Amid the economic gloom, it is taken as a given that the state of the economy will surpass all other priorities at the ballot box. But as the American election demonstrates, the relationship between a person’s economic position and their voting preferences is not nearly that straightforward.
The principle of representation is at the heart of the type of democracy which we in the UK share with the United States. In theory, it’s meant to prevent elites from acquiring and maintaining power: it ensures that the legislature mirrors the nation’s constituents.
In practice, however, it doesn’t always work that way. It’s not unusual for people to vote for candidates who are quite unlike themselves, but who they think will represent their interests. I doubt that many people who elect the current Conservative Party front bench would aspire to join their clubs or their social circle. At other times, we vote – in good faith – for candidates who subsequently let us down. When small shopkeepers voted for Margaret Thatcher in their droves, they probably didn’t expect her to unleash a wave of deregulation that would culminate in one of the most concentrated business sectors in the world.
But nowhere has the link between class and voting preferences been as successfully eroded as in the US. The unholy alliance between economic neoliberals and social conservatives means that people will regularly vote against their own material interests for cultural, religious and patriotic reasons. So while 63% of voters said that the economy was their top concern this did not necessarily translate into a vote for the person, or party most likely to represent their economic interests.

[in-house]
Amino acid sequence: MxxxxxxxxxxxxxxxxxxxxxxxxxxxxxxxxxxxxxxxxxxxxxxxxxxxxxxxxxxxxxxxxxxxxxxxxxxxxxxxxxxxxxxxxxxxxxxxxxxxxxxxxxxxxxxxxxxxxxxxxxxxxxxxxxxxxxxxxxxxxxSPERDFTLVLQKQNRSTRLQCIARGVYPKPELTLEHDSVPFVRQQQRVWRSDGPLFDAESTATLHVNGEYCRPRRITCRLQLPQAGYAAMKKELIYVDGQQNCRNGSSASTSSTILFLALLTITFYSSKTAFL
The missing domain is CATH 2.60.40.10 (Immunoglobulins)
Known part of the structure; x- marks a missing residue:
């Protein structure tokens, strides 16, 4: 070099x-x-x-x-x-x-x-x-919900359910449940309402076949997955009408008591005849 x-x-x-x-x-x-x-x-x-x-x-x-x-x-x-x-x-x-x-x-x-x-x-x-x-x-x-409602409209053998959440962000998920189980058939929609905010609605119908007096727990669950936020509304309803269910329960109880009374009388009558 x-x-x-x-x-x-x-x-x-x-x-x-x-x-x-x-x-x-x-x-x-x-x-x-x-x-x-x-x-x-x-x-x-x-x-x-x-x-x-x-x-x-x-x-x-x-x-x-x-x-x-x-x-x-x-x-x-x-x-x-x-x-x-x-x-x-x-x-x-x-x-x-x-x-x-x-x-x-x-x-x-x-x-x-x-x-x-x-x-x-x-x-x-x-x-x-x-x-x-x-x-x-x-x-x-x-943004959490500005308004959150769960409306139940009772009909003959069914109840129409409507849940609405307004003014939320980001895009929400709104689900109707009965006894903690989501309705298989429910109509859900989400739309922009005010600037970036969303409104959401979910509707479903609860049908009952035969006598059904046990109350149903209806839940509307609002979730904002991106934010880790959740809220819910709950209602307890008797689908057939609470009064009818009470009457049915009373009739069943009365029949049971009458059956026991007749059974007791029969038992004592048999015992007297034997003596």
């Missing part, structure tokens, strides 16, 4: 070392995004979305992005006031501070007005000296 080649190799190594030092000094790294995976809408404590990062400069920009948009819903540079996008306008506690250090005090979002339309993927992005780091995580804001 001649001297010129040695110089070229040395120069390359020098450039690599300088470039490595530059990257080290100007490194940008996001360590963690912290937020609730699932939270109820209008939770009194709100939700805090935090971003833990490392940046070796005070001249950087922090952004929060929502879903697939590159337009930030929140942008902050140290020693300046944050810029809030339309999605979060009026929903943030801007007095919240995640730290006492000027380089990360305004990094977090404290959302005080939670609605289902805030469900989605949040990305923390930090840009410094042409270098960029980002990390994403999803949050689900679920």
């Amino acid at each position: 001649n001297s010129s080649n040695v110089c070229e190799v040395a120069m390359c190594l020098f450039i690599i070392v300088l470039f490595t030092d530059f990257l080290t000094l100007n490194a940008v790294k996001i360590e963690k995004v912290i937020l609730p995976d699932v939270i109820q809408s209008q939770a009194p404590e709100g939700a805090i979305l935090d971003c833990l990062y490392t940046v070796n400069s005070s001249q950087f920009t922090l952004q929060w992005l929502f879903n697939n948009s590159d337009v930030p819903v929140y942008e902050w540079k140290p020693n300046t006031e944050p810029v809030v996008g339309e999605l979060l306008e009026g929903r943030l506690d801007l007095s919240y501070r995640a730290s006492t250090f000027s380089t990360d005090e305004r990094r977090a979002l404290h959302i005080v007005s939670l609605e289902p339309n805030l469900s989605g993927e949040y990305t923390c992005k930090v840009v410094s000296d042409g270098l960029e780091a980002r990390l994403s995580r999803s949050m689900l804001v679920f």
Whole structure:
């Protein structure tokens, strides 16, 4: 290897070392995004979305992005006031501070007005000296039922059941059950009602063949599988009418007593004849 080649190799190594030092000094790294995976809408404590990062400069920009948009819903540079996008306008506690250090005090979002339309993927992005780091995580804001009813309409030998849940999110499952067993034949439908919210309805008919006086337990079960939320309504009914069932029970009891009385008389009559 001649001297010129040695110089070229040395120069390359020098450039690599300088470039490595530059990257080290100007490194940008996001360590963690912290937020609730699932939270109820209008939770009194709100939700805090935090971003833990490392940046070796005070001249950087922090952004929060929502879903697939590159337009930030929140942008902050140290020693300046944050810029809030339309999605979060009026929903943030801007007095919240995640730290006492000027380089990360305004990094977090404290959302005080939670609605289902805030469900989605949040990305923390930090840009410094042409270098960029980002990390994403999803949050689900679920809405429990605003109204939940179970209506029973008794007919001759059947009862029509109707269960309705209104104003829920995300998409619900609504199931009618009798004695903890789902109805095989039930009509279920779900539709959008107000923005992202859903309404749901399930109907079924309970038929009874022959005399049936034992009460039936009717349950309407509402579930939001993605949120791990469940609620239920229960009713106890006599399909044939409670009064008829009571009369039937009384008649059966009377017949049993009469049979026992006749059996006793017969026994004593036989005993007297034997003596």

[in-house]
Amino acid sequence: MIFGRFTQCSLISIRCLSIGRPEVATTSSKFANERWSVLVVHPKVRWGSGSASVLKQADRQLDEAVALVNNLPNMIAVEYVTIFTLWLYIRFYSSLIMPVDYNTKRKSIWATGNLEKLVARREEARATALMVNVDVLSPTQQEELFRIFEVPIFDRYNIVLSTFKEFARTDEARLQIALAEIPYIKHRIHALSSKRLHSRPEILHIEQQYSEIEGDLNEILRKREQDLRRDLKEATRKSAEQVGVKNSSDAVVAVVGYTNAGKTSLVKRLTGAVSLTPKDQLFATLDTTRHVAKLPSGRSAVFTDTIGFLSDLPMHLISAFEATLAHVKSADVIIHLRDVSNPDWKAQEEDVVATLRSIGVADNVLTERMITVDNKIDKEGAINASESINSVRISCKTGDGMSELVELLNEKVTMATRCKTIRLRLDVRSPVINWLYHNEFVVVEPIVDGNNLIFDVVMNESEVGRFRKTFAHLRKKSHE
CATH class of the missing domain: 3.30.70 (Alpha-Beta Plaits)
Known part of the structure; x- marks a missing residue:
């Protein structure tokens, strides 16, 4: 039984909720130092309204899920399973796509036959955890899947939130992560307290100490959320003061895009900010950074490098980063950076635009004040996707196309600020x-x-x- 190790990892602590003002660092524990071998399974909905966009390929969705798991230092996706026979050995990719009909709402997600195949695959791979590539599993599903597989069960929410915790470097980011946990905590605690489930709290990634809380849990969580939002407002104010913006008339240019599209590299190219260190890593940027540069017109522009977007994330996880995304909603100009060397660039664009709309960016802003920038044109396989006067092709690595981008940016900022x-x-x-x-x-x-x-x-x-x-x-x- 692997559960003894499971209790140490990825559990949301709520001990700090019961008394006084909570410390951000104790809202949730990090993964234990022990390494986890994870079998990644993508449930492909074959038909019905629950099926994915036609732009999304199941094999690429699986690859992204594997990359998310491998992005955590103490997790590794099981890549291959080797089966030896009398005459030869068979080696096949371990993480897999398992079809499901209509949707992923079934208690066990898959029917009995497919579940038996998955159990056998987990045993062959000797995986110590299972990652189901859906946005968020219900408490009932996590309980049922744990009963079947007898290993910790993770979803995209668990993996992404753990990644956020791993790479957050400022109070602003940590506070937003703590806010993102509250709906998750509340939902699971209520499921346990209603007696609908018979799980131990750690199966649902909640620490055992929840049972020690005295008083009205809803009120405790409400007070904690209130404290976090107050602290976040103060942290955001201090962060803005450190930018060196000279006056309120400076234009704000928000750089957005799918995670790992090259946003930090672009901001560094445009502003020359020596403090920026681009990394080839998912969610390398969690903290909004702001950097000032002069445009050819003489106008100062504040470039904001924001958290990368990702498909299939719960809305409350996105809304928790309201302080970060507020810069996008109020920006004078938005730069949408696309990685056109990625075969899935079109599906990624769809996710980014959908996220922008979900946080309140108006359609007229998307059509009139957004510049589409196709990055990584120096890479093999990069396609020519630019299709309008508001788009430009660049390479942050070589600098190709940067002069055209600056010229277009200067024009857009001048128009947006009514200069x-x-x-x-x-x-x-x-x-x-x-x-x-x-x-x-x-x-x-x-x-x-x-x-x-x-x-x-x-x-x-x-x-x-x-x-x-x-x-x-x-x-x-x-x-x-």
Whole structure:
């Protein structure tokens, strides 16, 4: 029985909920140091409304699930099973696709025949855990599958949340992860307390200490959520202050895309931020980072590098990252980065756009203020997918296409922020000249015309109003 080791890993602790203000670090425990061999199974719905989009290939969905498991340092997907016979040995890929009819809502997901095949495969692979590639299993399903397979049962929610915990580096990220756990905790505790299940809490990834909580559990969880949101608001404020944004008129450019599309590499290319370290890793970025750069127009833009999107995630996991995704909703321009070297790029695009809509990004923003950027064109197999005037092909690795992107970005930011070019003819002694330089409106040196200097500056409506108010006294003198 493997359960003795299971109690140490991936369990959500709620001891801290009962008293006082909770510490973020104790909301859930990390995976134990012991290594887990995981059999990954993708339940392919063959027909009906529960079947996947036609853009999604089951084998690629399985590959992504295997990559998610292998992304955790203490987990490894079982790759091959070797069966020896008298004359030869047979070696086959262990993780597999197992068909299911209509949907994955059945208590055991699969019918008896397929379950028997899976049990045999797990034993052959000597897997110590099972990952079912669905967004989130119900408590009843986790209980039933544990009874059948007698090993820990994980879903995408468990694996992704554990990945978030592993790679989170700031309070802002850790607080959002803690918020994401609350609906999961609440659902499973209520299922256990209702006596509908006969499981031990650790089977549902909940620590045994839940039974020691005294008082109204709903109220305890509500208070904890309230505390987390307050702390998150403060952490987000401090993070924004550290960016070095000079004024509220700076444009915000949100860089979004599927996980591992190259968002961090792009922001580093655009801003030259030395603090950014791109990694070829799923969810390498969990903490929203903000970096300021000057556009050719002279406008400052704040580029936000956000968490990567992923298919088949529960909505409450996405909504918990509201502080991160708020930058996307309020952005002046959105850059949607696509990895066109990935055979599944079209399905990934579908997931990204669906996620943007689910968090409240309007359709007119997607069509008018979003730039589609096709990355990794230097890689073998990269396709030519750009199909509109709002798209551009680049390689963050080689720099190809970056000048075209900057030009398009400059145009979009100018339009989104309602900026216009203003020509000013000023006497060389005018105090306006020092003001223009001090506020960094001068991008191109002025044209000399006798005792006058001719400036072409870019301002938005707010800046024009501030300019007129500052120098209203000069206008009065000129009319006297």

Democracy is problematic for elites when 60% of the electorate earn less than $70,000. It’s not that the relationship between income and voter preference is inverse, the very rich also veer towards the Republican Party. It was only amongst minorities – where race played a greater role – that this asymmetry was turned on its head
As well as capturing the language of human dignity and freedom, the right claim a monopoly on morality and national pride however narrowly defined. Hence, guns, God and abortion trumped jobs, insurance and a mortgage even during a month in which another quarter of a million swelled the ranks of the unemployed. This is fiendishly clever because it undermines the saleability of a more equitable system to the very people it should benefit thereby shifting the goalposts further rightward. Whether Obama’s consensus approach can reach those that reject their own economic representation remains to be seen.